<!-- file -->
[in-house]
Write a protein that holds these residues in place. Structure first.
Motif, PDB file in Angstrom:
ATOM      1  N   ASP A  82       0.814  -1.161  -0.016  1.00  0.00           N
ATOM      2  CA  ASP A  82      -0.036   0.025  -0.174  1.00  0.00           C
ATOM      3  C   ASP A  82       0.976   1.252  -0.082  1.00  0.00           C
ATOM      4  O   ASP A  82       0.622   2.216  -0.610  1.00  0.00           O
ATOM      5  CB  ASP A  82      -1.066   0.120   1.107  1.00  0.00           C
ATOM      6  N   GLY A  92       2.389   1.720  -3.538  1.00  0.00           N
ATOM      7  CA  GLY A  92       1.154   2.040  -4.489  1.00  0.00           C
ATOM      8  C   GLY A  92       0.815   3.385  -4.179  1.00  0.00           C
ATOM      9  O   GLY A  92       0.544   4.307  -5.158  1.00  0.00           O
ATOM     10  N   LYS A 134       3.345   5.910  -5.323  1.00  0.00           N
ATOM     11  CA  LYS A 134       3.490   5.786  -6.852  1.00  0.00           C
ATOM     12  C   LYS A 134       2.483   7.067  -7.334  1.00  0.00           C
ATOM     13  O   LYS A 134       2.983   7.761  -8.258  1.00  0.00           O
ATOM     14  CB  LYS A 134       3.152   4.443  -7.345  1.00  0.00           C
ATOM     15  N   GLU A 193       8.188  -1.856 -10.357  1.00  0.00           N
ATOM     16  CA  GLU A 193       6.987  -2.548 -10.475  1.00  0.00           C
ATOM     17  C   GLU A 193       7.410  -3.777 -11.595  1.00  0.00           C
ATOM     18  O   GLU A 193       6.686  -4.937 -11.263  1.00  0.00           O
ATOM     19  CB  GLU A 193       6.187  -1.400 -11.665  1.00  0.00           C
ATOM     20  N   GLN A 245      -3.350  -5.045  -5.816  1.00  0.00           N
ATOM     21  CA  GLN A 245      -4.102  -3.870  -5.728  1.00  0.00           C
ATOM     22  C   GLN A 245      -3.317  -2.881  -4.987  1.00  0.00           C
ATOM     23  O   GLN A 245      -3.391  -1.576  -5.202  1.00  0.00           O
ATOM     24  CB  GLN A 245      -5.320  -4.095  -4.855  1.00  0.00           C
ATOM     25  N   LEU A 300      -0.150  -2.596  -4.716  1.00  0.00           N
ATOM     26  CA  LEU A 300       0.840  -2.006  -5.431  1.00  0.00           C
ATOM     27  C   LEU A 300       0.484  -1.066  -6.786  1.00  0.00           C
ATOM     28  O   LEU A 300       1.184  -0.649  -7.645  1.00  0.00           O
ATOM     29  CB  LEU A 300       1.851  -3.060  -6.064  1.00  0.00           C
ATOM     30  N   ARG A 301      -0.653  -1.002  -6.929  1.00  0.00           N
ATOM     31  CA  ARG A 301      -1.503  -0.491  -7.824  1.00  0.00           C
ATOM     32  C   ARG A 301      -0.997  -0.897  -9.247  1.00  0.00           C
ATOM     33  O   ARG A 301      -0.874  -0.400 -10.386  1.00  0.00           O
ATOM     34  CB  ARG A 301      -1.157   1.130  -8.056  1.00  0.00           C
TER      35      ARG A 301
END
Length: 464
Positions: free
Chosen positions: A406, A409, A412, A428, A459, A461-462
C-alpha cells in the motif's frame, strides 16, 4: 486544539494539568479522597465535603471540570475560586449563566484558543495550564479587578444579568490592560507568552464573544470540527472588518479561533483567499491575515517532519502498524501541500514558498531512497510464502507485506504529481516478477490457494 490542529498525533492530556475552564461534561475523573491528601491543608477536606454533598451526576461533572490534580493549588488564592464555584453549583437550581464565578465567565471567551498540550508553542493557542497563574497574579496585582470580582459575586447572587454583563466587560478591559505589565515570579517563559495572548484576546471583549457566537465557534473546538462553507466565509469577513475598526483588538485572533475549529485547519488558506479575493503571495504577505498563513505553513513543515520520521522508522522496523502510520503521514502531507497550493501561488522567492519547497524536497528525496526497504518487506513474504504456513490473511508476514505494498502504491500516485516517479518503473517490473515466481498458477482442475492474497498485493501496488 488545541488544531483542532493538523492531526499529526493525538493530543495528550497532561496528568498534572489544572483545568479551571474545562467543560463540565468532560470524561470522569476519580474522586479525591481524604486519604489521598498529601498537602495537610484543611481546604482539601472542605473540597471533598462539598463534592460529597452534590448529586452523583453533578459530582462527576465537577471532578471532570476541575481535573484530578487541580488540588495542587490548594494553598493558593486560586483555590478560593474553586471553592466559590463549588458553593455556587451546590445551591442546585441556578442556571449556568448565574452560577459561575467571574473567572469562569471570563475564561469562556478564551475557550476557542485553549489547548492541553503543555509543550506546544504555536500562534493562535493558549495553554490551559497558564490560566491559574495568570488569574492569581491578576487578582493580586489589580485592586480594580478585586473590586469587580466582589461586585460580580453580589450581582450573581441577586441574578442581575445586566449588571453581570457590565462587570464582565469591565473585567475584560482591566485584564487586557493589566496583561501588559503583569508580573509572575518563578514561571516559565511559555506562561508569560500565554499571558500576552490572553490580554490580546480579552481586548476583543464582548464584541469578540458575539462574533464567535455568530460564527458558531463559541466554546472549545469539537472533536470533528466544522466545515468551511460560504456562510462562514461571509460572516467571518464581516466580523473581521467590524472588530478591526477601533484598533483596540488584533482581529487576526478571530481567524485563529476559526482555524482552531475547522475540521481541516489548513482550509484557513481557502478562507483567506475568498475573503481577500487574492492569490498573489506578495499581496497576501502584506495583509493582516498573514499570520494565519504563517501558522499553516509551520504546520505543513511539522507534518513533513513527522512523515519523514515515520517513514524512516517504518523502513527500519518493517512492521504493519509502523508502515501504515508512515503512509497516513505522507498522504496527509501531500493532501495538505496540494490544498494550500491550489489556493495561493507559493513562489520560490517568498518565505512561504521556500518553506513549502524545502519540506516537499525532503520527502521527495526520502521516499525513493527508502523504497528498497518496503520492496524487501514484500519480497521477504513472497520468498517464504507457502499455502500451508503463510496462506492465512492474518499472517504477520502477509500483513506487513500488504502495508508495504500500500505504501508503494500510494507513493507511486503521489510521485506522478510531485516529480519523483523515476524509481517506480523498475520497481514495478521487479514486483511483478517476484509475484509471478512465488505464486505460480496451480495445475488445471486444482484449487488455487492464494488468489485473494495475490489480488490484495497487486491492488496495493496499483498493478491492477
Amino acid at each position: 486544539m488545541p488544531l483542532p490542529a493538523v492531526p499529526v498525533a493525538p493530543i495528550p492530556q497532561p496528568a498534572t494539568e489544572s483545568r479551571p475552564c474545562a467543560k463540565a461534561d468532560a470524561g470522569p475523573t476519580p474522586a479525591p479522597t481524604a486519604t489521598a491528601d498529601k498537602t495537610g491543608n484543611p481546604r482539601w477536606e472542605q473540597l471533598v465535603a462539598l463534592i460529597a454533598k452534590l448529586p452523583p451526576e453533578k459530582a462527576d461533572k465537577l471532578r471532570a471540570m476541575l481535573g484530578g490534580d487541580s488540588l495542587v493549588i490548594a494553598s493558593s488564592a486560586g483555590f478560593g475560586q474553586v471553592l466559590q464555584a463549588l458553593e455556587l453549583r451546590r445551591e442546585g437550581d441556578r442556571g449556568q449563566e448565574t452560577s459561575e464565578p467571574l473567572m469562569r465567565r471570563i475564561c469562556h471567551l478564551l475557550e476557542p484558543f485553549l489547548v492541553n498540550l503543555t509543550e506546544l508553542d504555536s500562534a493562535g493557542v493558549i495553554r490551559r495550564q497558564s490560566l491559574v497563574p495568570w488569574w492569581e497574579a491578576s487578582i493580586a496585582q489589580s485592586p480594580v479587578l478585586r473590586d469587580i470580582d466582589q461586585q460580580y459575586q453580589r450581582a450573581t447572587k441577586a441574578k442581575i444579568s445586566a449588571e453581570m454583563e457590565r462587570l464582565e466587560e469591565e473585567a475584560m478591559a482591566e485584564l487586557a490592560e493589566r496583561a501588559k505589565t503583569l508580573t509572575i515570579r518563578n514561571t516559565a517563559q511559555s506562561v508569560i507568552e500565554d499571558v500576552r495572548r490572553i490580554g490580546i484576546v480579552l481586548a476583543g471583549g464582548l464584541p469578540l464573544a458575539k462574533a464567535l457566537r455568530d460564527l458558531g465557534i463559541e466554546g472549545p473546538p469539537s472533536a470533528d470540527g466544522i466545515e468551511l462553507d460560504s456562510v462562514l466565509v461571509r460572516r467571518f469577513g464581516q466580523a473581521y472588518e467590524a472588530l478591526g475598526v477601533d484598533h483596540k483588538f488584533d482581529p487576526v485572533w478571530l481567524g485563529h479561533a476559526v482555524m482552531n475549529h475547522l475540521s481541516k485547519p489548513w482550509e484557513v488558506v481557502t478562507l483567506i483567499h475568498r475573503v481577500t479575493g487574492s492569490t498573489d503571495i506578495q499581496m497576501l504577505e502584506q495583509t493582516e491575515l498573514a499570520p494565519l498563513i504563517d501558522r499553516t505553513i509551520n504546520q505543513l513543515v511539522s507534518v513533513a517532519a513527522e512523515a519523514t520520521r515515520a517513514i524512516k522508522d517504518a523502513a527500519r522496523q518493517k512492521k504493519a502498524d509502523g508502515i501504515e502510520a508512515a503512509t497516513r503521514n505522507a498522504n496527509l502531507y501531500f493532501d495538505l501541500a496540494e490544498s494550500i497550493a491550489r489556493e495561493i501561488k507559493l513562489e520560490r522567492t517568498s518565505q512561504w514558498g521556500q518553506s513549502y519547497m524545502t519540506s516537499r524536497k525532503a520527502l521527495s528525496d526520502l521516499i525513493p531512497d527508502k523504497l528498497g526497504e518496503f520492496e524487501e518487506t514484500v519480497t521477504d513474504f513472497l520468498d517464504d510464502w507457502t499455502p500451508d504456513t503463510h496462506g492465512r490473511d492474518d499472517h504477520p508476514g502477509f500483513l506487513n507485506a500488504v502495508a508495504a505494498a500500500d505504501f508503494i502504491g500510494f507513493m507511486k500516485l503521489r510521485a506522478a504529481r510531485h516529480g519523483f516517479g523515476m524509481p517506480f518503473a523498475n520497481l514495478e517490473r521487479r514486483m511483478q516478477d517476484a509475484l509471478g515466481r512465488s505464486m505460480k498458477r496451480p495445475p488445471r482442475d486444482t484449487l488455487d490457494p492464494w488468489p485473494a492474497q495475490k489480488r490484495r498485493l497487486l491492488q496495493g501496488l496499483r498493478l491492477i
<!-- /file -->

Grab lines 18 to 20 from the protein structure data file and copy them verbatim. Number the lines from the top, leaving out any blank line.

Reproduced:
ATOM     15  N   GLU A 193       8.188  -1.856 -10.357  1.00  0.00           N
ATOM     16  CA  GLU A 193       6.987  -2.548 -10.475  1.00  0.00           C
ATOM     17  C   GLU A 193       7.410  -3.777 -11.595  1.00  0.00           C